's go back to dave and pam. >>> all right. thank you, sal. in japan helicopters are still dumping sea water on the earthquake damaged nuclear plant trying to prevent a meltdown. the helicopter crews can only work about 40 minutes at a time for their own safety to limit radiation exposure. now the head of the u.s. nuclear regulatory commission says there's no more water in one of the spent fuel pools at the plant. increasing the chance of widespread nuclear fallout. however, japanese officials deny that that pool is dry. the u.s. government is now chartering airplanes to help evacuate u.s. citizens from japan because of the rising radiation levels. voluntary evacuation to family members of government employees. >>> time now 5:01. scientists here on the west coast are closely watching the movement of the radioactive plume coming from the crippled japanese nuclear reactors. it's expected to hit the illusion islands south of alaska some time today. that plume is then expected to reach southern california late tomorrow. the health experts are emphasizing radiation levels are plunging as th
on this site, there are life threatening doses of radiation. >> japan's emperor addressed his nation today. an extraordinary event reserved for times of war or dire national crises. he says he's touched by the japanese people's calm and order in the face of disaster. >>> well, foreigners scrambled to leave tokyo today. france is urging its citizens to get out now or at least head to southern japan. japan has lost control of fukushima. evacuees say they don't trust the japanese government to be forthcoming. >> i don't believe what i've been told. you know, people are evacuating. all foreigners are evacuating, large multi-national companies, foreign companies are evacuating. you don't really know what to believe. it's better to play it safe. >>> harrowing new video of the moments the tsunami struck. people scream as they try to outrun the water. >>> this is said to be ground zero for the tsunami. a coastal town home to 17,000 people. most are feared dead. a cnn i-reporter sent us this video at the moment the 9.0 earthquake struck. shot it at a tokyo department store. remember, tokyo is 230 m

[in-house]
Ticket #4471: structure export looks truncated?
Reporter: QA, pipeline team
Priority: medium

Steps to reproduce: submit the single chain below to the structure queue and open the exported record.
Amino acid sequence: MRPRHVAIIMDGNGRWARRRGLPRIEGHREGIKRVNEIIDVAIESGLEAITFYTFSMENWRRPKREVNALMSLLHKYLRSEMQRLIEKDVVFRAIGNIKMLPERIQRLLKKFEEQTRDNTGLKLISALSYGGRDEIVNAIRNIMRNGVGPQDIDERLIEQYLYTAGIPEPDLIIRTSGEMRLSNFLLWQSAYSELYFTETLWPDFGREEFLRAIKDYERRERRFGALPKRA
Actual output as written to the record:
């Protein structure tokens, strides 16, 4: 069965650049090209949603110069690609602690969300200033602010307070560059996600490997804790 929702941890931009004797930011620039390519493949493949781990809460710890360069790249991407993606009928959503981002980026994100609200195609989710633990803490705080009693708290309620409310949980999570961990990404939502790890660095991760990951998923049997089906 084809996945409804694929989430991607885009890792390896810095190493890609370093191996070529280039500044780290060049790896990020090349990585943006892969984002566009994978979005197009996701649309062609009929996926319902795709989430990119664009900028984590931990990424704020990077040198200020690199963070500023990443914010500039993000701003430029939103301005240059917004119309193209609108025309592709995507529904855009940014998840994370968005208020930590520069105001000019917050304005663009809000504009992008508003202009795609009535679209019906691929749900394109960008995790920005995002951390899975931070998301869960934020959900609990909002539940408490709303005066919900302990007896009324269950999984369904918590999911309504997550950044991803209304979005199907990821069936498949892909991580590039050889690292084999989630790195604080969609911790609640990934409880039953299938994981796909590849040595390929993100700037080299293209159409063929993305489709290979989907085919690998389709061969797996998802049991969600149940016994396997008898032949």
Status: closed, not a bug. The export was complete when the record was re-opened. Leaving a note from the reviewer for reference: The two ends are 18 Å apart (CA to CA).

disaster in the making in japan after a new blast rocks a new power plant there. also a deadly tour bus crash in new york and conflicting reports from the driver and passengers. this while we try to get to the bottom of what really happened. and rebel fighters hammered in libya as forces loyal to qaddhafi use warplanes to bomb stra taoepbl i can conditions. it's all now and live and "happening now" "happening now." we're go glad you are with us on this very busy monday morning. hi, everybody i'm jenna lee? i'm jon scott. "happening now" a new explosion at a japanese nuclear power plant raises fears of an all out meltdown. the fallout from that could reach across the pacific affectth west coast of the u.s. more powerful after shocks rocked japan today. a thousand bodies wash ashore on the devastated northeast coast of the country. raising the death toll officially now lis listed as tad 9.0 and the tsunami that hit just half wards. the details get worse by the day. >> reporter: absolutely. it's completely unbelievable. every day i go out it gets worse than the day before. i went down by t